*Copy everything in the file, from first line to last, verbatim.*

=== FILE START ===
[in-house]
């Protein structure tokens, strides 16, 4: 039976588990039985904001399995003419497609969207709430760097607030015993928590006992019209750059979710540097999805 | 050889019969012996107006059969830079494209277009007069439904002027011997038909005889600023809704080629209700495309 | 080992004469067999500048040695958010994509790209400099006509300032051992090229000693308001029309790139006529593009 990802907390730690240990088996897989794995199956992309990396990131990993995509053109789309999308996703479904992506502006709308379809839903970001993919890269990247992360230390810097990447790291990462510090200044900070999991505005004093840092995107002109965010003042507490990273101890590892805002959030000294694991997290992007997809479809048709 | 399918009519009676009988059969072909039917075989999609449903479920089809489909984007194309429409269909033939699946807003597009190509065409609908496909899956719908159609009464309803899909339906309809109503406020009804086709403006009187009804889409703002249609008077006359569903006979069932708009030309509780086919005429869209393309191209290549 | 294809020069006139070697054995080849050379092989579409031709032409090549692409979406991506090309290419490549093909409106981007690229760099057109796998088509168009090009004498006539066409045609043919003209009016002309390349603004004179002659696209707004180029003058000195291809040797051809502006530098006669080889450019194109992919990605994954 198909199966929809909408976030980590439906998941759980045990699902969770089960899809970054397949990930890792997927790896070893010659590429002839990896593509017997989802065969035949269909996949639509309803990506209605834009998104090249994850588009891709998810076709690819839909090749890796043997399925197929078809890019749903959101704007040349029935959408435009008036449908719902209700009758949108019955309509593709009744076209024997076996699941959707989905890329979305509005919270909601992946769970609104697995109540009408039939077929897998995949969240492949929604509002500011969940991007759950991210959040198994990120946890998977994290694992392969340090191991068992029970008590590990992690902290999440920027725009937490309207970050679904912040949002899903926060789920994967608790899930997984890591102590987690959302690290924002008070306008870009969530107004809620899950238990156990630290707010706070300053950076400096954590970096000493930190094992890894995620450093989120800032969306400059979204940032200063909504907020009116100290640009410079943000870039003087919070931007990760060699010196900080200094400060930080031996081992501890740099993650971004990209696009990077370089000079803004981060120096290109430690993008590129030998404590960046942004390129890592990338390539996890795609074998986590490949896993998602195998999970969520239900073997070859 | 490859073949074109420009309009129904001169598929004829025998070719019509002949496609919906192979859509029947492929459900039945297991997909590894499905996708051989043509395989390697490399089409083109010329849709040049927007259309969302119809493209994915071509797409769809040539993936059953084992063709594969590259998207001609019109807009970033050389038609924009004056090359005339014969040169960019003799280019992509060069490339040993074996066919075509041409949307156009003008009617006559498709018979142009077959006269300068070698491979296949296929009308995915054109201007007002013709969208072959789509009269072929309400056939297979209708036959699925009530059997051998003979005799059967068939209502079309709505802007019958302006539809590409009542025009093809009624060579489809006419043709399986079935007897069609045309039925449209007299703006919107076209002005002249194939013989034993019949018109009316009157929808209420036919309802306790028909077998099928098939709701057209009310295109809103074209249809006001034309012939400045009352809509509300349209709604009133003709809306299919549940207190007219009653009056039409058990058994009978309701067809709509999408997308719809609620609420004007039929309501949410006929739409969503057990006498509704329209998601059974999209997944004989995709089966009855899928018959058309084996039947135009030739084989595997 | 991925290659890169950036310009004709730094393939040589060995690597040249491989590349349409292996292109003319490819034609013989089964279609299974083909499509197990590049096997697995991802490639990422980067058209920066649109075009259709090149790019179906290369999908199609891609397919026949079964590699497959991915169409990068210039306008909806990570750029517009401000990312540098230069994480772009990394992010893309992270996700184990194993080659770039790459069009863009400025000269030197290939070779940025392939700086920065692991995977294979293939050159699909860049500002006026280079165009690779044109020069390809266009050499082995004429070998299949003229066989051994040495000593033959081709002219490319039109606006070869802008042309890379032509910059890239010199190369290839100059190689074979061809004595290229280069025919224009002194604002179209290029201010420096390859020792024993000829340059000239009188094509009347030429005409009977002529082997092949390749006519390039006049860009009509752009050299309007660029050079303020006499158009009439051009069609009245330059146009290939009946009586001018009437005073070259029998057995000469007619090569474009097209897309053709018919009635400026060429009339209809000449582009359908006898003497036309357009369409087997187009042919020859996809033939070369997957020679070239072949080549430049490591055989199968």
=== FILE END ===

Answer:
[in-house]
């Protein structure tokens, strides 16, 4: 039976588990039985904001399995003419497609969207709430760097607030015993928590006992019209750059979710540097999805 | 050889019969012996107006059969830079494209277009007069439904002027011997038909005889600023809704080629209700495309 | 080992004469067999500048040695958010994509790209400099006509300032051992090229000693308001029309790139006529593009 990802907390730690240990088996897989794995199956992309990396990131990993995509053109789309999308996703479904992506502006709308379809839903970001993919890269990247992360230390810097990447790291990462510090200044900070999991505005004093840092995107002109965010003042507490990273101890590892805002959030000294694991997290992007997809479809048709 | 399918009519009676009988059969072909039917075989999609449903479920089809489909984007194309429409269909033939699946807003597009190509065409609908496909899956719908159609009464309803899909339906309809109503406020009804086709403006009187009804889409703002249609008077006359569903006979069932708009030309509780086919005429869209393309191209290549 | 294809020069006139070697054995080849050379092989579409031709032409090549692409979406991506090309290419490549093909409106981007690229760099057109796998088509168009090009004498006539066409045609043919003209009016002309390349603004004179002659696209707004180029003058000195291809040797051809502006530098006669080889450019194109992919990605994954 198909199966929809909408976030980590439906998941759980045990699902969770089960899809970054397949990930890792997927790896070893010659590429002839990896593509017997989802065969035949269909996949639509309803990506209605834009998104090249994850588009891709998810076709690819839909090749890796043997399925197929078809890019749903959101704007040349029935959408435009008036449908719902209700009758949108019955309509593709009744076209024997076996699941959707989905890329979305509005919270909601992946769970609104697995109540009408039939077929897998995949969240492949929604509002500011969940991007759950991210959040198994990120946890998977994290694992392969340090191991068992029970008590590990992690902290999440920027725009937490309207970050679904912040949002899903926060789920994967608790899930997984890591102590987690959302690290924002008070306008870009969530107004809620899950238990156990630290707010706070300053950076400096954590970096000493930190094992890894995620450093989120800032969306400059979204940032200063909504907020009116100290640009410079943000870039003087919070931007990760060699010196900080200094400060930080031996081992501890740099993650971004990209696009990077370089000079803004981060120096290109430690993008590129030998404590960046942004390129890592990338390539996890795609074998986590490949896993998602195998999970969520239900073997070859 | 490859073949074109420009309009129904001169598929004829025998070719019509002949496609919906192979859509029947492929459900039945297991997909590894499905996708051989043509395989390697490399089409083109010329849709040049927007259309969302119809493209994915071509797409769809040539993936059953084992063709594969590259998207001609019109807009970033050389038609924009004056090359005339014969040169960019003799280019992509060069490339040993074996066919075509041409949307156009003008009617006559498709018979142009077959006269300068070698491979296949296929009308995915054109201007007002013709969208072959789509009269072929309400056939297979209708036959699925009530059997051998003979005799059967068939209502079309709505802007019958302006539809590409009542025009093809009624060579489809006419043709399986079935007897069609045309039925449209007299703006919107076209002005002249194939013989034993019949018109009316009157929808209420036919309802306790028909077998099928098939709701057209009310295109809103074209249809006001034309012939400045009352809509509300349209709604009133003709809306299919549940207190007219009653009056039409058990058994009978309701067809709509999408997308719809609620609420004007039929309501949410006929739409969503057990006498509704329209998601059974999209997944004989995709089966009855899928018959058309084996039947135009030739084989595997 | 991925290659890169950036310009004709730094393939040589060995690597040249491989590349349409292996292109003319490819034609013989089964279609299974083909499509197990590049096997697995991802490639990422980067058209920066649109075009259709090149790019179906290369999908199609891609397919026949079964590699497959991915169409990068210039306008909806990570750029517009401000990312540098230069994480772009990394992010893309992270996700184990194993080659770039790459069009863009400025000269030197290939070779940025392939700086920065692991995977294979293939050159699909860049500002006026280079165009690779044109020069390809266009050499082995004429070998299949003229066989051994040495000593033959081709002219490319039109606006070869802008042309890379032509910059890239010199190369290839100059190689074979061809004595290229280069025919224009002194604002179209290029201010420096390859020792024993000829340059000239009188094509009347030429005409009977002529082997092949390749006519390039006049860009009509752009050299309007660029050079303020006499158009009439051009069609009245330059146009290939009946009586001018009437005073070259029998057995000469007619090569474009097209897309053709018919009635400026060429009339209809000449582009359908006898003497036309357009369409087997187009042919020859996809033939070369997957020679070239072949080549430049490591055989199968």